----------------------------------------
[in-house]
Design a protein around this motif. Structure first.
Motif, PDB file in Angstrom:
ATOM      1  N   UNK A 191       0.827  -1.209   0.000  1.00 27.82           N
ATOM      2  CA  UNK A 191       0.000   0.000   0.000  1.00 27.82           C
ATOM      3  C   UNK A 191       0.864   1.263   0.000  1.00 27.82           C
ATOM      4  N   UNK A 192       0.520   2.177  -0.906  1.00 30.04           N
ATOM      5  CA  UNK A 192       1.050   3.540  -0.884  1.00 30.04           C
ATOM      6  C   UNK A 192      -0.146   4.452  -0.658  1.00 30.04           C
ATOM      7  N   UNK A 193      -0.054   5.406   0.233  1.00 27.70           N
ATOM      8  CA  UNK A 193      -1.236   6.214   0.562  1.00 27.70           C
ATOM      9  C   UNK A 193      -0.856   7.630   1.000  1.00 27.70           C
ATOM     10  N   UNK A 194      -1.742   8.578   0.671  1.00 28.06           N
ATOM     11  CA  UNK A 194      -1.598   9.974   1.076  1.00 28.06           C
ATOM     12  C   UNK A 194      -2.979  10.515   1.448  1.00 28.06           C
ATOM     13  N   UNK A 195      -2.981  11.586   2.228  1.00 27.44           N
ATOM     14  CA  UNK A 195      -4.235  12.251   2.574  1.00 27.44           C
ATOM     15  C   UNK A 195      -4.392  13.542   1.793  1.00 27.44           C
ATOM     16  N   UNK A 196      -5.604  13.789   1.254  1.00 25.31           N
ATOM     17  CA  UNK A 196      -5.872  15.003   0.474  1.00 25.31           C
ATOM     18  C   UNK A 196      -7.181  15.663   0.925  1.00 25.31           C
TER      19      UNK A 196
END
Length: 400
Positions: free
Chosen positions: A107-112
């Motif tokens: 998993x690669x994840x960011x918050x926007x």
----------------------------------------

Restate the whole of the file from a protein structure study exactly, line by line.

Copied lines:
[in-house]
Design a protein around this motif. Structure first.
Motif, PDB file in Angstrom:
ATOM      1  N   UNK A 191       0.827  -1.209   0.000  1.00 27.82           N
ATOM      2  CA  UNK A 191       0.000   0.000   0.000  1.00 27.82           C
ATOM      3  C   UNK A 191       0.864   1.263   0.000  1.00 27.82           C
ATOM      4  N   UNK A 192       0.520   2.177  -0.906  1.00 30.04           N
ATOM      5  CA  UNK A 192       1.050   3.540  -0.884  1.00 30.04           C
ATOM      6  C   UNK A 192      -0.146   4.452  -0.658  1.00 30.04           C
ATOM      7  N   UNK A 193      -0.054   5.406   0.233  1.00 27.70           N
ATOM      8  CA  UNK A 193      -1.236   6.214   0.562  1.00 27.70           C
ATOM      9  C   UNK A 193      -0.856   7.630   1.000  1.00 27.70           C
ATOM     10  N   UNK A 194      -1.742   8.578   0.671  1.00 28.06           N
ATOM     11  CA  UNK A 194      -1.598   9.974   1.076  1.00 28.06           C
ATOM     12  C   UNK A 194      -2.979  10.515   1.448  1.00 28.06           C
ATOM     13  N   UNK A 195      -2.981  11.586   2.228  1.00 27.44           N
ATOM     14  CA  UNK A 195      -4.235  12.251   2.574  1.00 27.44           C
ATOM     15  C   UNK A 195      -4.392  13.542   1.793  1.00 27.44           C
ATOM     16  N   UNK A 196      -5.604  13.789   1.254  1.00 25.31           N
ATOM     17  CA  UNK A 196      -5.872  15.003   0.474  1.00 25.31           C
ATOM     18  C   UNK A 196      -7.181  15.663   0.925  1.00 25.31           C
TER      19      UNK A 196
END
Length: 400
Positions: free
Chosen positions: A107-112
């Motif tokens: 998993x690669x994840x960011x918050x926007x």